Deadpool. The First Super Anti-Hero?

deadpool-movie-poster-20161The Sloth is in cheery mood today – NOT. We’re hopping mad and spoiling for a fight. Specifically with the low down dog of our neighbour’s landlord who is refusing to take responsibility for the roof of his house blowing off and flattening our car. We need some supremely violent, bloody and fervid catharsis.  We need Deadpool.

 

Deadpool is the first Marvel movie to receive a US ‘R’ rating which means at some point a big cheese Marvel exec said “I know, let’s make a movie that our target teenage boy demographic can’t actually watch” and another big cheese Marvel exec replied “great idea!”.  And yet, despite seemingly flying in the face of all logic, Deadpool scored the highest ever opening for an R rated movie at the US box office.

 

On paper, this is a typical Marvel ‘origins’ story, tracing the history of plain Wade Wilson (Ryan Reynolds), a special forces operative happy with his lot and in love with his soulmate Vanessa (Morena Baccarin).  After a cancer diagnosis Wade’s life falls apart and in search of treatment, he agrees to undergo an experimental procedure that leaves him a mutant with accelerated healing powers and a face like ‘an old avocado’. Arise Deadpool.

 

So where does this depart from the Marvel norm and what were those big cheese execs onto?  Two words: Ryan Reynolds.  The Sloth has long championed Mr Reynolds as both cracking dramatic actor (check out the supremely disturbing Buried) and underappreciated comic talent (see The Voices).  In Deadpool he gives a stonking performance as the titular foul mouthed, wisecracking, smart arsed antihero who, rather than fighting for good, is simply the bad guy who beats up worse guys.  

 

What also isn’t so typical are the eye-watering, Tarantino levels of gleeful violence, graphic sexual references and irreverent, anarchic tone.  The opening credits list the clichés of the comic book genre: ‘the British villain’; ‘the hot chick’. Deadpool’s addresses to camera not only break down the fourth wall but bite the studio hand that feeds him, with numerous snarky jokes at the expense of the X-Men movies. And perhaps in deference to the older R rated audience, digs are made at Mr Reynold’s own advancing years, on which note The Sloth would like to commend the use of an age-appropriate love interest – the gorgeous Morena Baccarin is 36 years old – radical casting in HW.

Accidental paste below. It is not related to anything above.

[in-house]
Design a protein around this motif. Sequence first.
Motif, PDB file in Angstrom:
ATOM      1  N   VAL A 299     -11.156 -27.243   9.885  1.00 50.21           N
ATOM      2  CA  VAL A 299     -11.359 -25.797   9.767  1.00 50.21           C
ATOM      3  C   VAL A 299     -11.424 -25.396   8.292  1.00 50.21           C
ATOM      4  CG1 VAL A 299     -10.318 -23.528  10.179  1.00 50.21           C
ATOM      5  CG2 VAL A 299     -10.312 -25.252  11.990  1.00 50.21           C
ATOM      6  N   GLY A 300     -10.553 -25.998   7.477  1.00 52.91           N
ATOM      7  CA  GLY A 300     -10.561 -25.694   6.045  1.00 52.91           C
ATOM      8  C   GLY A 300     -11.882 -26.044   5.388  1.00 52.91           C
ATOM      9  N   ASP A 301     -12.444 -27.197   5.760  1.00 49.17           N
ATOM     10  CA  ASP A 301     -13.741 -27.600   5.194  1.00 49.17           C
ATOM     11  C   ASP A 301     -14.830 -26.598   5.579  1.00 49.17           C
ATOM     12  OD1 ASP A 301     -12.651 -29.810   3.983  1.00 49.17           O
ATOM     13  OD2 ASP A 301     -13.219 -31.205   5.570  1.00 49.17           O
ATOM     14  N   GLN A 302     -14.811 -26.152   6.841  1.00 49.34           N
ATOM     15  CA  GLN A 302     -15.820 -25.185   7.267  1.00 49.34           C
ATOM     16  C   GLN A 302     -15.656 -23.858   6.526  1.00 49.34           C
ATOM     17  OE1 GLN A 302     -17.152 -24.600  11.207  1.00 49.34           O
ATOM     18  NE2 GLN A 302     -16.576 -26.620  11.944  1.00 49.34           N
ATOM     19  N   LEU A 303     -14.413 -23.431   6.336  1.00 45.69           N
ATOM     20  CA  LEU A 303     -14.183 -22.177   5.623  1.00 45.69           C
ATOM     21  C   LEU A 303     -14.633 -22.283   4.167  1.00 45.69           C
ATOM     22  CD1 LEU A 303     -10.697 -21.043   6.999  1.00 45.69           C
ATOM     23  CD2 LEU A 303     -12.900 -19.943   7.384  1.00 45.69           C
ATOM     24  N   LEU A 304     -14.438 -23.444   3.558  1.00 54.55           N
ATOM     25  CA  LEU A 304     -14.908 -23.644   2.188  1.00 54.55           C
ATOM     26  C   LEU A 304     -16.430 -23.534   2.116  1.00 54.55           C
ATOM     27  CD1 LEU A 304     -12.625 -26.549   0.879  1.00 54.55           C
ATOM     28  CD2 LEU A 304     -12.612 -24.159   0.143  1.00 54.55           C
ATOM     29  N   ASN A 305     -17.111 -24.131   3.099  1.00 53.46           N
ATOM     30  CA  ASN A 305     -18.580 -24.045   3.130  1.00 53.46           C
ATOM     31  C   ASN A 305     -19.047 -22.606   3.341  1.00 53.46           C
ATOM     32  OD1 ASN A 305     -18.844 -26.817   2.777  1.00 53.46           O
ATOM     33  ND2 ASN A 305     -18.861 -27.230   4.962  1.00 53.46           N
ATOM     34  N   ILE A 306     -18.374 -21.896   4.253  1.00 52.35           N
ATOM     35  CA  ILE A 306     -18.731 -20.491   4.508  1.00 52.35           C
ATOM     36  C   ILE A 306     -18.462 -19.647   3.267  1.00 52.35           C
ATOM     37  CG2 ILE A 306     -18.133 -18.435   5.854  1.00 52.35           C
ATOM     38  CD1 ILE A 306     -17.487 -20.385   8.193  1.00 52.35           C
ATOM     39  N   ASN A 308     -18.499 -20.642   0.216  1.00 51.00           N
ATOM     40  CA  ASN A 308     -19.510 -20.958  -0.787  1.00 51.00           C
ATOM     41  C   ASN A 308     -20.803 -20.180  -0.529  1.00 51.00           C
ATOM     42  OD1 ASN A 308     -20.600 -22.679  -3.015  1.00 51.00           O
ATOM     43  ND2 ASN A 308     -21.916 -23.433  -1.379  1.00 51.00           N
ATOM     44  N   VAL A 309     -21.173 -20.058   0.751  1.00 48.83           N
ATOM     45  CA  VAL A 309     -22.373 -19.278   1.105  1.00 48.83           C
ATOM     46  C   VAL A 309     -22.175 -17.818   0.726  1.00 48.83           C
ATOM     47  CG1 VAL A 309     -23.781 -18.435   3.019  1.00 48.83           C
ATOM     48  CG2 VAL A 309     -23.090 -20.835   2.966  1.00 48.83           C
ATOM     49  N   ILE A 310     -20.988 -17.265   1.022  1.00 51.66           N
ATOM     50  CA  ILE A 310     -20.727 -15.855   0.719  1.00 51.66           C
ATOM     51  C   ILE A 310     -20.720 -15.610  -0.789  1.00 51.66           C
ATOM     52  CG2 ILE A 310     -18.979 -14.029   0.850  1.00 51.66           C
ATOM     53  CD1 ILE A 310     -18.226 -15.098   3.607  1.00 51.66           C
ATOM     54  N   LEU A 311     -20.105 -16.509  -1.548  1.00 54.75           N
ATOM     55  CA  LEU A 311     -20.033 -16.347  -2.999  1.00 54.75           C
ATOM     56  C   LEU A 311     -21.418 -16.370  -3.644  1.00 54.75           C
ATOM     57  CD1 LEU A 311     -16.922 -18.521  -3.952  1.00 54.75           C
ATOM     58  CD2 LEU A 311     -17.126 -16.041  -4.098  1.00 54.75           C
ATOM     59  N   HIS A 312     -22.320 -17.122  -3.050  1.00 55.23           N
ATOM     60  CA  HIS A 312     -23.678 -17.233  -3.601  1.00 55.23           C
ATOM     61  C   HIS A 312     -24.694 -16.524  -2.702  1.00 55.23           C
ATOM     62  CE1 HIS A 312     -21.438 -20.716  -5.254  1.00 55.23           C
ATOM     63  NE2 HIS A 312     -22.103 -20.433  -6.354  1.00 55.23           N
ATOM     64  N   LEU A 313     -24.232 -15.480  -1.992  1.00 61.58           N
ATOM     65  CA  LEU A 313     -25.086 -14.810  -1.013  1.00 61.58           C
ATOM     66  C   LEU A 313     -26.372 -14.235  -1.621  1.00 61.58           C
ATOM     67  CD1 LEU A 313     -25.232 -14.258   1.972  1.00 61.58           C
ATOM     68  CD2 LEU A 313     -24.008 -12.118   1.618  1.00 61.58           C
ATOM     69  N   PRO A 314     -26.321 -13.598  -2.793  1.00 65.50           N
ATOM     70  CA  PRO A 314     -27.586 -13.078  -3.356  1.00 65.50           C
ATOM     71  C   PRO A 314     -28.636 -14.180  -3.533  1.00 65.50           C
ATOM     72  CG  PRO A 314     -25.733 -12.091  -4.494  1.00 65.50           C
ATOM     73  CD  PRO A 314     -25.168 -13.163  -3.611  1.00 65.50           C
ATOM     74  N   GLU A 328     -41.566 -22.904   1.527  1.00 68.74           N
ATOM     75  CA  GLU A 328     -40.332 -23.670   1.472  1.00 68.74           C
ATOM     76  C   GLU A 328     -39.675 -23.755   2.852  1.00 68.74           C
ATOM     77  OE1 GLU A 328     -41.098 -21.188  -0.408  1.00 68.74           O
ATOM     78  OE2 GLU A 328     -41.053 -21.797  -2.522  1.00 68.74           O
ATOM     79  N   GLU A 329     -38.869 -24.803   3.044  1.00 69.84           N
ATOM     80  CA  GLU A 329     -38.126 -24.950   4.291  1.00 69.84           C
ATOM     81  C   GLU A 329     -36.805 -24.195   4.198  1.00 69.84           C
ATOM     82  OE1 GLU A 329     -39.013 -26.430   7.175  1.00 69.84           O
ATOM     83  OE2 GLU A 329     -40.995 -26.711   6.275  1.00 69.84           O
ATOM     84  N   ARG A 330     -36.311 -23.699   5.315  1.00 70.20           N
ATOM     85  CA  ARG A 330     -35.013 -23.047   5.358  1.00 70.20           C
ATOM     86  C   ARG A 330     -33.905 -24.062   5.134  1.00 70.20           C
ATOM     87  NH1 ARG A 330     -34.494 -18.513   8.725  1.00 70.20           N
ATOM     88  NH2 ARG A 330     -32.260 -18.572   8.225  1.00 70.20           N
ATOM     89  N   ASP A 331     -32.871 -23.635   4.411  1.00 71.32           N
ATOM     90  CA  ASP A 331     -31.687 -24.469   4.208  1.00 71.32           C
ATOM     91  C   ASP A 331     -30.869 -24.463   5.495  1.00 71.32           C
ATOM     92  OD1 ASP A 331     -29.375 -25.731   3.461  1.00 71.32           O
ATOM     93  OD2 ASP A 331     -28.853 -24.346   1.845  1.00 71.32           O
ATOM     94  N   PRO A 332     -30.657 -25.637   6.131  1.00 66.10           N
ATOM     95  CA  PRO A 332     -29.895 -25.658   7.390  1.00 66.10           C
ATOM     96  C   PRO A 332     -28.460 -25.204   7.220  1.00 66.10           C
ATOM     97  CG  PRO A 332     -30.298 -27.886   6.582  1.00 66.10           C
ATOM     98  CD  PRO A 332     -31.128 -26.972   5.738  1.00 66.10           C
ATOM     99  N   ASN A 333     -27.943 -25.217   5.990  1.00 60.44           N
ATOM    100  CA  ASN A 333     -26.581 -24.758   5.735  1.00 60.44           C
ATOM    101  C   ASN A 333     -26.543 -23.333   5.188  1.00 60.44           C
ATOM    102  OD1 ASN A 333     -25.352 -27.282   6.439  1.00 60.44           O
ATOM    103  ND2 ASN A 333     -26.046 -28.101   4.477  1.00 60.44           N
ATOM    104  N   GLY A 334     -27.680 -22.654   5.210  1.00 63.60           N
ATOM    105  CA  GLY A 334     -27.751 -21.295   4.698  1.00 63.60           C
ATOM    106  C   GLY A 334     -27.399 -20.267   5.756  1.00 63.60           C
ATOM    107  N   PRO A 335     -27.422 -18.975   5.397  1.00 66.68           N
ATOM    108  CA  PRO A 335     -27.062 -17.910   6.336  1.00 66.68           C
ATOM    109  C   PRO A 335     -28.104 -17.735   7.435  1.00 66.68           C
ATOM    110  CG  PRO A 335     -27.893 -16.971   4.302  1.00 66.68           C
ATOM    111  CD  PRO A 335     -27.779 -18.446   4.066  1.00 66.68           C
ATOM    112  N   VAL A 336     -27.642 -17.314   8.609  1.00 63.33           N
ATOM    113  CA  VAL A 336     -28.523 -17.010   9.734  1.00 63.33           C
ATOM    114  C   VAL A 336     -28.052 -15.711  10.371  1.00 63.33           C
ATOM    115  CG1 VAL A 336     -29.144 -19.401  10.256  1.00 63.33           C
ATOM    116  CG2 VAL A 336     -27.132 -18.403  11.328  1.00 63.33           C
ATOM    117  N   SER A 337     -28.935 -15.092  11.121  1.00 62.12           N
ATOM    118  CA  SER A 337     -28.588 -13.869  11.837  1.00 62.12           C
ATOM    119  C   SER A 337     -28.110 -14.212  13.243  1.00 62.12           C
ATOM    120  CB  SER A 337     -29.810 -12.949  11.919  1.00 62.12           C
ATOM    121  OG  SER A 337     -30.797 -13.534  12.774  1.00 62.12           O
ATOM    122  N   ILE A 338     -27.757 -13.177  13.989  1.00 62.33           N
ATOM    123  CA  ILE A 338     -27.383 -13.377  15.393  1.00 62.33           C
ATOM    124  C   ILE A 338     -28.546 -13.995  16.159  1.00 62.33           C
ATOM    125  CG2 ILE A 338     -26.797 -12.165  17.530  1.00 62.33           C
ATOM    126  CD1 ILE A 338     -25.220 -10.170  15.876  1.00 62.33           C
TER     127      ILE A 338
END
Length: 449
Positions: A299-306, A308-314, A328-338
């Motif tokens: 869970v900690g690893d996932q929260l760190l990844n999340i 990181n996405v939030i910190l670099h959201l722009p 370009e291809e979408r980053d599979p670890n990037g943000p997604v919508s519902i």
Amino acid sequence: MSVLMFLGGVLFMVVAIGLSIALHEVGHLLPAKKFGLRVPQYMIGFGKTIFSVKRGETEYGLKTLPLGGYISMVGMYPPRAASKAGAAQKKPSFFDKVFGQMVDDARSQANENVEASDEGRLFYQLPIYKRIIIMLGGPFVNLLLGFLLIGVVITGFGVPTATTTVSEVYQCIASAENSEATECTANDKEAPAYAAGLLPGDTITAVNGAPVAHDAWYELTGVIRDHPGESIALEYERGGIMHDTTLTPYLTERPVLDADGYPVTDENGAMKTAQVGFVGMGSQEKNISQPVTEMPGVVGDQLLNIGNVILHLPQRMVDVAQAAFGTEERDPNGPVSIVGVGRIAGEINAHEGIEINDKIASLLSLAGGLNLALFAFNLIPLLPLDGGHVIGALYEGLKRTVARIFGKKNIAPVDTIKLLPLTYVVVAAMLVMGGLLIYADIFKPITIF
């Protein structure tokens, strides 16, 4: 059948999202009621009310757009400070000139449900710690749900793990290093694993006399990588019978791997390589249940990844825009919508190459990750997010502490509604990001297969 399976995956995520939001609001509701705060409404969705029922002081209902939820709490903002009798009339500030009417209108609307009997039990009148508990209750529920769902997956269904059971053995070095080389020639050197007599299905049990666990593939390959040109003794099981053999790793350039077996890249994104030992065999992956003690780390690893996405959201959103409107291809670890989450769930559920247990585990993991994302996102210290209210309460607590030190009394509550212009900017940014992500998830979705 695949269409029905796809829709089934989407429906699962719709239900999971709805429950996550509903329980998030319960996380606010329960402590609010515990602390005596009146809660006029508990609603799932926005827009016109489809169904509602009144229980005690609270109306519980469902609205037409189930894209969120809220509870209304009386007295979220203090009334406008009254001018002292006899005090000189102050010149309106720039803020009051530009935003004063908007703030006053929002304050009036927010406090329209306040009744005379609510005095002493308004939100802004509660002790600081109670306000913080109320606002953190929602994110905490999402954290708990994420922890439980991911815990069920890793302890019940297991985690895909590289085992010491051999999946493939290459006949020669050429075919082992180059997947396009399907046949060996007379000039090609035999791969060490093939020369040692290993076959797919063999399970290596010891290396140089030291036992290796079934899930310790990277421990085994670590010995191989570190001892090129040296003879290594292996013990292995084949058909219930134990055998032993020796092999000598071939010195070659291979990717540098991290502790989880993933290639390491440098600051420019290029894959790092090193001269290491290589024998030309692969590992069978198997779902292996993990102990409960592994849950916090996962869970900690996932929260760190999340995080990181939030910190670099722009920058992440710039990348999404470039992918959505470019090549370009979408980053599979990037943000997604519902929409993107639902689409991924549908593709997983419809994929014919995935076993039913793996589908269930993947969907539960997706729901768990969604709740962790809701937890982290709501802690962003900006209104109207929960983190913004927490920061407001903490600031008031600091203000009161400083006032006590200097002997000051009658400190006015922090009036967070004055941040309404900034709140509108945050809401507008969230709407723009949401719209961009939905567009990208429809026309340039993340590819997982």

Of course much of these claims of subversion are arguably cosmetic for, despite all the posturing, Deadpool does still adhere to the basic conventions it claims to reject.  Yet it still feels fresh, funny, untamed and infinitely preferably to any other ponderously self-important superhero movie we’ve sat through in recent years. The Sloth is already looking forward to the inevitable franchise. Now if only we could persuade Mr Reynolds to nip round & sort out that landlord…

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The Voices. Talking Dirty.

voiceGive The Sloth a daft premise and we’re all over it like a cheap suit. So The Voices could have been written with us in mind. It features a talking dog – yes please. A psychopathic cat – like it. And a delusional serial killer – could it get any better? Let’s find out.

Jerry (Ryan Reynolds) is a factory worker.  On the surface he’s sweet and earnest, singing irritatingly cheerful songs  on the production line and contributing ideas for the office Christmas party. But all is not entirely well in Jerry’s world, for Jerry is not entirely well. In fact he’s seeing a psychiatrist and is delusional, convinced his pet dog Bosco and cat Mr Whiskers (both voiced by Ryan) are talking to him. Bosco, in the manner of dogs the world over, is dopey, loving and supportive. Mr Whiskers, in the manner of cats the world over, is evil, vindictive and fond of rude turns of phrase involving back passages. And randomly speaks with a (slightly ropey) Scottish accent.

Fighting these virtual extensions of his good and bad conscience, Jerry unfortunately finds Mr Whiskers becoming more persuasive. Particularly unfortunate for Fiona (Gemma Arterton) the office hottie and distant object of Jerry’s affections. Chancing upon Fiona alone one night, one thing leads to another and Jerry, completely unintentionally, stabs her to death. Oops.  But that’s OK for he salvages her head, stores it in the fridge and lo and behold, Fiona’s head starts talking to him too, demanding Jerry kill again to provide her with a fridge-friend. Can Jerry resist the voices’ demands?.

The Voices is dark. Very dark and often very funny, shot through with a large dose of Little Shop Of Horrors style surreal kitsch and hitting just the right, slightly ‘off’ tone. The Sloths’ good, liberal, Guardian-reading left wing conscience felt bad laughing at the antics of the hapless and naively endearing Jerry. But then our evil, hedonistic, vodka and tonic swilling bad conscience told us to get a ****ing life and stop being so anally uptight. Leave your good conscience at home and enjoy.

UK release 20 March

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